The Pentecost feast is also called Whit Sunday, especially in England, where the following Monday was traditionally a holiday. Pentecost is celebrated seven weeks (50 days) after Easter Sunday, hence its name. Pentecost is also the old Greek and Latin name for the Jewish harvest festival, or Festival of Weeks.
According to Jewish tradition, Pentecost commemorates God giving the Ten Commandments at Mount Sinai fifty days after the Exodus. It is also said that a building on Mount Zion is traditionally revered by Jews and by Christians as David’s Tomb (or the Cenacle meaning the upper room) and that there is a Jewish tradition that David was born and died on Pentecost.
It is in this upper room where the 12 Disciples of Christ along with about 108 other individuals, including many women, among whom was Mary the mother of Jesus received the Baptism of the Holy Spirit on Pentecost.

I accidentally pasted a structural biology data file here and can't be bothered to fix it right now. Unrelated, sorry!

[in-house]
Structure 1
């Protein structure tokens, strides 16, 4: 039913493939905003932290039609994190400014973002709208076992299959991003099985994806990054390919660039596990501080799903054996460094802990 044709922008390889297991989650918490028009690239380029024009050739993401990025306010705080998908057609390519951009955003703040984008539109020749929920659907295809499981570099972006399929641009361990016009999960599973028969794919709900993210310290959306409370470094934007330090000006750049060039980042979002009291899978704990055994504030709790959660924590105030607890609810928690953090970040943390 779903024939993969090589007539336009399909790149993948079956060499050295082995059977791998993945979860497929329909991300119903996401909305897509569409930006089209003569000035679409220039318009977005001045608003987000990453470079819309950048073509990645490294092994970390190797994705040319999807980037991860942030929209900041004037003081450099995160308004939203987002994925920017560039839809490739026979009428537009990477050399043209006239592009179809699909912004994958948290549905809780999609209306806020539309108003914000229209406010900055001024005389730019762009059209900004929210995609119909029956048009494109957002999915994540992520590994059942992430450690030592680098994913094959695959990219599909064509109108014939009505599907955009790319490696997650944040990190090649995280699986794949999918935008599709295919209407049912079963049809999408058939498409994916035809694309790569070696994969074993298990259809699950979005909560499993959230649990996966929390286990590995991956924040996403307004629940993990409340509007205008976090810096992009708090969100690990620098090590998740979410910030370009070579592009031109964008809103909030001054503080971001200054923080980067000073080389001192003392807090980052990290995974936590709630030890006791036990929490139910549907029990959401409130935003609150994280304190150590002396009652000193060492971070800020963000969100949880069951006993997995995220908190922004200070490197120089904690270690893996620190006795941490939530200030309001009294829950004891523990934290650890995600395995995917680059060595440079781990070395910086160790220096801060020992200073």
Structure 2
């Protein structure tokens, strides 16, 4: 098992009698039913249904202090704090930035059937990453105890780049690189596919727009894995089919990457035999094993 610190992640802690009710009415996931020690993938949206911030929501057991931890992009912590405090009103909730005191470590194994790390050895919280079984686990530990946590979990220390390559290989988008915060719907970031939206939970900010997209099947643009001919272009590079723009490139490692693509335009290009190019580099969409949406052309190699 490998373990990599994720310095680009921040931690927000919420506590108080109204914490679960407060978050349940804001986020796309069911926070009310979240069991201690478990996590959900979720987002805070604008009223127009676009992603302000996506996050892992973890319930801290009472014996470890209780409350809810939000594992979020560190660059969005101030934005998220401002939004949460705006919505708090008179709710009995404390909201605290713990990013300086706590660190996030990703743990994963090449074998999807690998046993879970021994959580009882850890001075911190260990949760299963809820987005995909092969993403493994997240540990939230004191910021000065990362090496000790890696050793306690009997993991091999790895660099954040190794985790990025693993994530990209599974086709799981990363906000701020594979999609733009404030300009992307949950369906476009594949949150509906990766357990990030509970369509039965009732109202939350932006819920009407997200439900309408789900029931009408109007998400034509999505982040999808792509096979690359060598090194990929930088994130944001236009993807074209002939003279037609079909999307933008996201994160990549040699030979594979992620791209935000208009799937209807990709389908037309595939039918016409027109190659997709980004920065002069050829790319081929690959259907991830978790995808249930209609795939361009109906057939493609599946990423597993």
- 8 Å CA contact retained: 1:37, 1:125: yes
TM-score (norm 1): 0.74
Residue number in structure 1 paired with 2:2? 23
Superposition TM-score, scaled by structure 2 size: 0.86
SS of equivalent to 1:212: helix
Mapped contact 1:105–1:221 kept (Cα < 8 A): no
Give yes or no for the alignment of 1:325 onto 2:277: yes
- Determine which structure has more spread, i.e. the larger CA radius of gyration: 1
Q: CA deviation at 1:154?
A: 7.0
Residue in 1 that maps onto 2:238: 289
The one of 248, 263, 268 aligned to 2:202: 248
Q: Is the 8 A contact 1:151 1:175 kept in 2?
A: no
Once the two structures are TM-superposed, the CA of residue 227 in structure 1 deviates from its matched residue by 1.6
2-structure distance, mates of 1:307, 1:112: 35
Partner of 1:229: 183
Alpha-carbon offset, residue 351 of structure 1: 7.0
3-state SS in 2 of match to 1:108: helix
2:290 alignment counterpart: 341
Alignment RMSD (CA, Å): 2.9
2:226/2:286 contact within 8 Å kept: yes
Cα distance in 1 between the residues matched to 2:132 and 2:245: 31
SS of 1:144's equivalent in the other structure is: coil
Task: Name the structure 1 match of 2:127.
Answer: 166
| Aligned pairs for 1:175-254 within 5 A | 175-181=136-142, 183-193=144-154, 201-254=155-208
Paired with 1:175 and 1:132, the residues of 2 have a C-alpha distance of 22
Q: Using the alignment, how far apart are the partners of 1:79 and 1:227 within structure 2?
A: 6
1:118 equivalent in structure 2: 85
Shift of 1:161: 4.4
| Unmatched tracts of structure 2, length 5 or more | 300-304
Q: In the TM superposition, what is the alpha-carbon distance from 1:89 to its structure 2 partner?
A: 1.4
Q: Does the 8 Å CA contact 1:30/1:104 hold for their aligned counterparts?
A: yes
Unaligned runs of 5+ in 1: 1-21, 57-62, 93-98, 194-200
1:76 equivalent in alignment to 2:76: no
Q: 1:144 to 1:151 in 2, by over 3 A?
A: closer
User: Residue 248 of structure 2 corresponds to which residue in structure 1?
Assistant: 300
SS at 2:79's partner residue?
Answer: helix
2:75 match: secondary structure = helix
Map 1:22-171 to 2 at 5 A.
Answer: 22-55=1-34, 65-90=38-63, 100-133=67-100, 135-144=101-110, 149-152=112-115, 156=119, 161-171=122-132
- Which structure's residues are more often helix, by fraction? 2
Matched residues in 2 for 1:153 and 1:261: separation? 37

Traditional interpretation holds that the Descent of the Holy Spirit took place in the Upper Room, or Cenacle while celebrating the day of Pentecost. The Upper Room was first mentioned in Luke 22:12-13 and is where they prepared for the first feast of Passover. This Upper Room was also to be the location of the Last Supper and the giving of Holy Communion.
Since Pentecost itself is on a Sunday, it is automatically a public holiday almost everywhere. Additional restrictions to Sunday opening hours may apply.
Pentecost Monday is a public holiday in many European countries including Austria, Belgium, Cyprus, Denmark, Estonia, France, Germany, Greece, Hungary, Iceland, Luxembourg, the Netherlands, Norway, Romania. In the United Kingdom the day is known as Whit Monday, and was a bank holiday until 1967 when it was replaced by the Spring Bank Holiday.
To finish according to legend, King Arthur always gathered all his knights at the round table for a feast and a quest on Pentecost:
My thanks to Wikipedia for help with dates.